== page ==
“Their point guard made plays, their shooters made shots and their big was absolute, and I mean this in the best way possible, he was an absolute load. He was a big, big kid who used his body, his feet, his hands and he was probably the difference, and not even the statistical side of it. Us trying to account for him opened up shots for shooters and lanes for penetrators. All the credit in the world goes to them.”

San Marcos also did its job taking away Poly's threats. The Royals held Tobin Kund, the Bears' top three-point shooter, to just four points and no three-point baskets. 

“We put our shooter on their shooter and Ryan did excellent job of not only shutting him down but going on offense for us,” said Boucher of Godges.

Lamont Butler, a slick sophomore point guard, led the Bears with 19 points, but he did it on 6 of 21 shooting.

“We tried to not let him get the ball after he passed it away,” said Beau Allen, who along with Nate Fay, hounded Butler. “When he got the ball, we just tried to filter him to Jackson (Stormo) because he’s an amazing shot blocker and he puts the pressure on and makes it hard to finish.”

Said Boucher of Butler:  “What a good player he is, only sophomore. We really made his life difficult.  If he got by (Allen and Fay) he had David and Jackson at the hoop to help out. They did a great job.”

After a quiet first half, Stormo went off on Riverside Poly in the third quarter, scoring six straight points to expand San Marcos’ lead to 32-21.

Godges and Korfas knocked down threes to extend the advantage to 40-27 with 1:51 left in the quarter.

The closest Riverside Poly would get is nine points (46-37) early in the fourth quarter.  San Marcos then responded with an 8-0 run, sparked by Stormo.  He converted a three-point play off an inbounds pass and then overpowered a defender for a layup.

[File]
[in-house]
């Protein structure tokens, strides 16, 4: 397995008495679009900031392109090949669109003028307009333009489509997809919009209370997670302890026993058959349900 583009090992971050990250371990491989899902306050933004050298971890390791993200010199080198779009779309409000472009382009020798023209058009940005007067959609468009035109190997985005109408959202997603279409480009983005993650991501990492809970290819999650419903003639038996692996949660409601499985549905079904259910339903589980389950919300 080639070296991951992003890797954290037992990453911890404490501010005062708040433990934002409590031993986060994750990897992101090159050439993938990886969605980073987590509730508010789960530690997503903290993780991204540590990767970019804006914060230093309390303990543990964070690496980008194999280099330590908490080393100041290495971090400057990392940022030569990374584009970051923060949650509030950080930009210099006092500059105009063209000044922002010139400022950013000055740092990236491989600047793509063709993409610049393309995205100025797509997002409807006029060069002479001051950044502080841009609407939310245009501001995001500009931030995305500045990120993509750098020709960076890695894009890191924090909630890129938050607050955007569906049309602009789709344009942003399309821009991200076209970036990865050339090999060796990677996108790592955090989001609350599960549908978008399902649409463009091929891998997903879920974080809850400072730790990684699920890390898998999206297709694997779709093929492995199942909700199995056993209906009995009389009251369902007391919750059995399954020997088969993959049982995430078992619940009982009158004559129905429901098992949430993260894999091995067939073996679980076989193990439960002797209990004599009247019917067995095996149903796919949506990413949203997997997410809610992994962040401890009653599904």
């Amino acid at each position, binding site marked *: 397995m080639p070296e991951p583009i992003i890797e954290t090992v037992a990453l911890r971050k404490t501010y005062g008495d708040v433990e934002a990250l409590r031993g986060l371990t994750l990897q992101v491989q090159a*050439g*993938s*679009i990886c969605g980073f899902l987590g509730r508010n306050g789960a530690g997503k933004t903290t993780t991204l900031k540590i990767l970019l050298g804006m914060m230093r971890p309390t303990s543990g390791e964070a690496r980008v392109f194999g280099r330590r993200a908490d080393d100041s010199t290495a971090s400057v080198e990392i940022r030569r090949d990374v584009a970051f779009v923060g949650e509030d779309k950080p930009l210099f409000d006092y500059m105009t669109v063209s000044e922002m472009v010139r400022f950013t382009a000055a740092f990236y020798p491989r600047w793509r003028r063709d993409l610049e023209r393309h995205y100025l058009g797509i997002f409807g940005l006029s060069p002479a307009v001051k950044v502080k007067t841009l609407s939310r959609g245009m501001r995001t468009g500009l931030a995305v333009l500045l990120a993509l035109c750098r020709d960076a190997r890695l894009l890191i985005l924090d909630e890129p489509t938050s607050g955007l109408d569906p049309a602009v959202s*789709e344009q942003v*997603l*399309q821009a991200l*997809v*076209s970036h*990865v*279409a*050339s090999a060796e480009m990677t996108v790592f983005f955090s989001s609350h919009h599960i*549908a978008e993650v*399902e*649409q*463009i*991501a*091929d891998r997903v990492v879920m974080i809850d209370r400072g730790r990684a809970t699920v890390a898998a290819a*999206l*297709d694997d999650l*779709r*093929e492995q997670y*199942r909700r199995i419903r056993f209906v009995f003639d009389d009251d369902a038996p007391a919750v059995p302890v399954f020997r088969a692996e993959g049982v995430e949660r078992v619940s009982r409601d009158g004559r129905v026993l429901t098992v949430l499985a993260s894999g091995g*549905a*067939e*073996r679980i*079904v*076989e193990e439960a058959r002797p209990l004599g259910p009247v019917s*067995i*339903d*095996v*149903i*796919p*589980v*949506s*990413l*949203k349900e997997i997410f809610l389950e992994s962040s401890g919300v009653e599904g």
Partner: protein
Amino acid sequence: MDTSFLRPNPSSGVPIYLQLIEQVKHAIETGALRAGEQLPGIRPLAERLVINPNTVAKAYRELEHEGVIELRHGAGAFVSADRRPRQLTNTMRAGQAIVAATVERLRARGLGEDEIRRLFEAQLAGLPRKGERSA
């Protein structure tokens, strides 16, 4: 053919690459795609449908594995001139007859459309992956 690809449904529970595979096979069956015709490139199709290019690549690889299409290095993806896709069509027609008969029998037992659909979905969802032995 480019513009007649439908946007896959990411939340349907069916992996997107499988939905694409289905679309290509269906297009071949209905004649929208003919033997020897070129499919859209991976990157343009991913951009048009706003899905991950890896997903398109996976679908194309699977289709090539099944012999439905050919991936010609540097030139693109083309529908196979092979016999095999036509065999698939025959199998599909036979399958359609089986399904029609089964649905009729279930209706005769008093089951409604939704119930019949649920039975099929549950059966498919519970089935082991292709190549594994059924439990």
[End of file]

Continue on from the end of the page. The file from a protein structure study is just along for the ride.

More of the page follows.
“The perfect windfall of things going right for them and things not going right for us, you end up with a 20-point differential,” said Dodson.

Stormo can now get an actual championship ring.

Jackson Stormo completes a reverse layup during the fourth quarter. The Royals outscored Riverside Poly 41-28 in the seond half. Click to view larger
Jackson Stormo completes a reverse layup during the fourth quarter. The Royals outscored Riverside Poly 41-28 in the seond half. (Gary Kim photo)

“Jackson has a picture of a ring on his phone and he said, ‘I want one of these,’ Allen said in the postgame press conference. “And I said, ‘Jackson we’re going to get you one of these.’ Tonight, he got it.”

The title also was extra special for the Korfas family. John Korfas, Stef's father and a Royals' assistant, was on the 1981 Runnin' Royals team that lost by one point to Long Beach Poly in the CIF Finals.

On coaching San Marcos to its first CIF basketball title, Boucher said, “It feels amazing doing that, but it feels even better doing it with these guys. These guys were freshmen when I first got the job, so these are my guys. To do it with them, like Jackson, I can’t put it into words.

“It’s really evident it doesn’t matter who scores as long as we score. It’s not just words they’re saying, they really play like that. It’s such an unselfish group one through 12, not just guys on court. And it shows.”

Noozhawk sports editor Barry Punzal can be reached at .(JavaScript must be enabled to view this email address). Follow Noozhawk Sports on Twitter: @NoozhawkSports. Connect with Noozhawk on Facebook.